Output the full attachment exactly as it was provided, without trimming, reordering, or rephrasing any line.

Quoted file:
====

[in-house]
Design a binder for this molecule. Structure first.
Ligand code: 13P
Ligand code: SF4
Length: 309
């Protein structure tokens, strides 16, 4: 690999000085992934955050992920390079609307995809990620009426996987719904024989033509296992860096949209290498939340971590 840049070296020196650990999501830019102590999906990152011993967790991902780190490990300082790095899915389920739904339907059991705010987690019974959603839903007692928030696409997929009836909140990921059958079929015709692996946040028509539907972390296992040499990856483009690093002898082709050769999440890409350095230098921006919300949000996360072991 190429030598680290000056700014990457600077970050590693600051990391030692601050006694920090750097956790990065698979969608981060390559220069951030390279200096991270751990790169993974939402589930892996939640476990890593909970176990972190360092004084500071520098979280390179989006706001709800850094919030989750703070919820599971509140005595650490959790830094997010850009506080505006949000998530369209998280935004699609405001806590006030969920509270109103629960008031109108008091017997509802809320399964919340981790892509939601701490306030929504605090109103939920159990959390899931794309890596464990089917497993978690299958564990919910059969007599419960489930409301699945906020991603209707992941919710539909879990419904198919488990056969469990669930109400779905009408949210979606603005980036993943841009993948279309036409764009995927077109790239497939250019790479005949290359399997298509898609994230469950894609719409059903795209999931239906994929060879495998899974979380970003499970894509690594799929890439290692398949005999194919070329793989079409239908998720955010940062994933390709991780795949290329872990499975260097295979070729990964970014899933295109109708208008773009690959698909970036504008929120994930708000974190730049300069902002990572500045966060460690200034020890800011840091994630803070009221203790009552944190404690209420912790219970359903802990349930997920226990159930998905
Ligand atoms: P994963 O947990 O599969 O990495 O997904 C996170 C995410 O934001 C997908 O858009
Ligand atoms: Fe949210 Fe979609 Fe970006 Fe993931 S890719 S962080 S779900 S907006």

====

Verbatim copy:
[in-house]
Design a binder for this molecule. Structure first.
Ligand code: 13P
Ligand code: SF4
Length: 309
């Protein structure tokens, strides 16, 4: 690999000085992934955050992920390079609307995809990620009426996987719904024989033509296992860096949209290498939340971590 840049070296020196650990999501830019102590999906990152011993967790991902780190490990300082790095899915389920739904339907059991705010987690019974959603839903007692928030696409997929009836909140990921059958079929015709692996946040028509539907972390296992040499990856483009690093002898082709050769999440890409350095230098921006919300949000996360072991 190429030598680290000056700014990457600077970050590693600051990391030692601050006694920090750097956790990065698979969608981060390559220069951030390279200096991270751990790169993974939402589930892996939640476990890593909970176990972190360092004084500071520098979280390179989006706001709800850094919030989750703070919820599971509140005595650490959790830094997010850009506080505006949000998530369209998280935004699609405001806590006030969920509270109103629960008031109108008091017997509802809320399964919340981790892509939601701490306030929504605090109103939920159990959390899931794309890596464990089917497993978690299958564990919910059969007599419960489930409301699945906020991603209707992941919710539909879990419904198919488990056969469990669930109400779905009408949210979606603005980036993943841009993948279309036409764009995927077109790239497939250019790479005949290359399997298509898609994230469950894609719409059903795209999931239906994929060879495998899974979380970003499970894509690594799929890439290692398949005999194919070329793989079409239908998720955010940062994933390709991780795949290329872990499975260097295979070729990964970014899933295109109708208008773009690959698909970036504008929120994930708000974190730049300069902002990572500045966060460690200034020890800011840091994630803070009221203790009552944190404690209420912790219970359903802990349930997920226990159930998905
Ligand atoms: P994963 O947990 O599969 O990495 O997904 C996170 C995410 O934001 C997908 O858009
Ligand atoms: Fe949210 Fe979609 Fe970006 Fe993931 S890719 S962080 S779900 S907006």